On Nov. 28, precisely a month before the initial protests in Mashhad, Rouhani declared on state television: “One of our goals … is for economic enterprises to be transferred to the people. And I think that besides the government, others who are in the public and nongovernmental sector, or the armed forces, must also [engage in] divestment. In this respect, and under this government, I have also spoken with the supreme leader and he fully agrees that all of these [economic enterprises] be transferred to the people.
As part of this redirection of the military’s focus, there has been a quiet crackdown on the IRGC’s business activities. In September, the Financial Times reported that “at least a dozen [IRGC] members and affiliated businessmen have been detained in recent months, while others are being forced to pay back wealth accrued through suspect business deals.”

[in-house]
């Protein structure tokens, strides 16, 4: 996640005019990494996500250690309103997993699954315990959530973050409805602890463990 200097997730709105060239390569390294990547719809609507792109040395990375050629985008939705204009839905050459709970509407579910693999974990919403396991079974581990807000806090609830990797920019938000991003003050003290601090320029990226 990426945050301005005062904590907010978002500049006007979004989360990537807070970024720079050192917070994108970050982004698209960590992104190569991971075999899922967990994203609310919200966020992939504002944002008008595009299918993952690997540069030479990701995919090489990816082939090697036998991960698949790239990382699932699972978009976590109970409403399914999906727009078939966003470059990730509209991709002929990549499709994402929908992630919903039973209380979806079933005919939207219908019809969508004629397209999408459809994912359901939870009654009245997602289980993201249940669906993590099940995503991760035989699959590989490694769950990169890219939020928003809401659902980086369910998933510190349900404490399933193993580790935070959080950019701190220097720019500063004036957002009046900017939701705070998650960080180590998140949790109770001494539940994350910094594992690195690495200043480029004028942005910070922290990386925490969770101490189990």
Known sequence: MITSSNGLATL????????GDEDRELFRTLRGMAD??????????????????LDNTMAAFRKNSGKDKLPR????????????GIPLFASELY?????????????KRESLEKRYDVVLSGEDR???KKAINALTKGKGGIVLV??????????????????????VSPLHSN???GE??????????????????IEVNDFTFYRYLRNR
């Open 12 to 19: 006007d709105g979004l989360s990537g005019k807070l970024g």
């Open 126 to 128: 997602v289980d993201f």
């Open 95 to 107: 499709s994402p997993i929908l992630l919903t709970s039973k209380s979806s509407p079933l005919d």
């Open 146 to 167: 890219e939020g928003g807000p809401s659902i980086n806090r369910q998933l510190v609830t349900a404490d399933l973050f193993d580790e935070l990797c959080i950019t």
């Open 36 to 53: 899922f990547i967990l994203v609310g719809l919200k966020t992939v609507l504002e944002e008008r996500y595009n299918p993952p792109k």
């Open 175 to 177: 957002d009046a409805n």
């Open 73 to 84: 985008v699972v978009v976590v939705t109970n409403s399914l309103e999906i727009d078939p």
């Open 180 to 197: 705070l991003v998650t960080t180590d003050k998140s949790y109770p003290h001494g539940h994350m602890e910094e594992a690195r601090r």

In this vein, a “regime insider and a government official” told the Financial Times that “in the past year, the [IRGC] … had to restructure some holding companies and transfer ownership of others back to the state.” Importantly, this was reportedly being overseen by Maj. Gen. Mohammad Bagheri, the chief of staff of the armed forces, “to show that the process is carried out by a bipartisan institution.”
Enter Defense Minister Amir Hatami’s Jan. 21 interview with the official Iran daily, which has been making waves. Speaking about the divestment of the IRGC and the army, he said, “Responsibility for this task has been assigned to the General Staff of the Armed Forces by … the supreme leader, and the General Staff is pursuing this matter with all armed forces until these forces will exit irrelevant economic activities.” Hatami added that the activities of the military in the economic realm will continue per the needs of the government.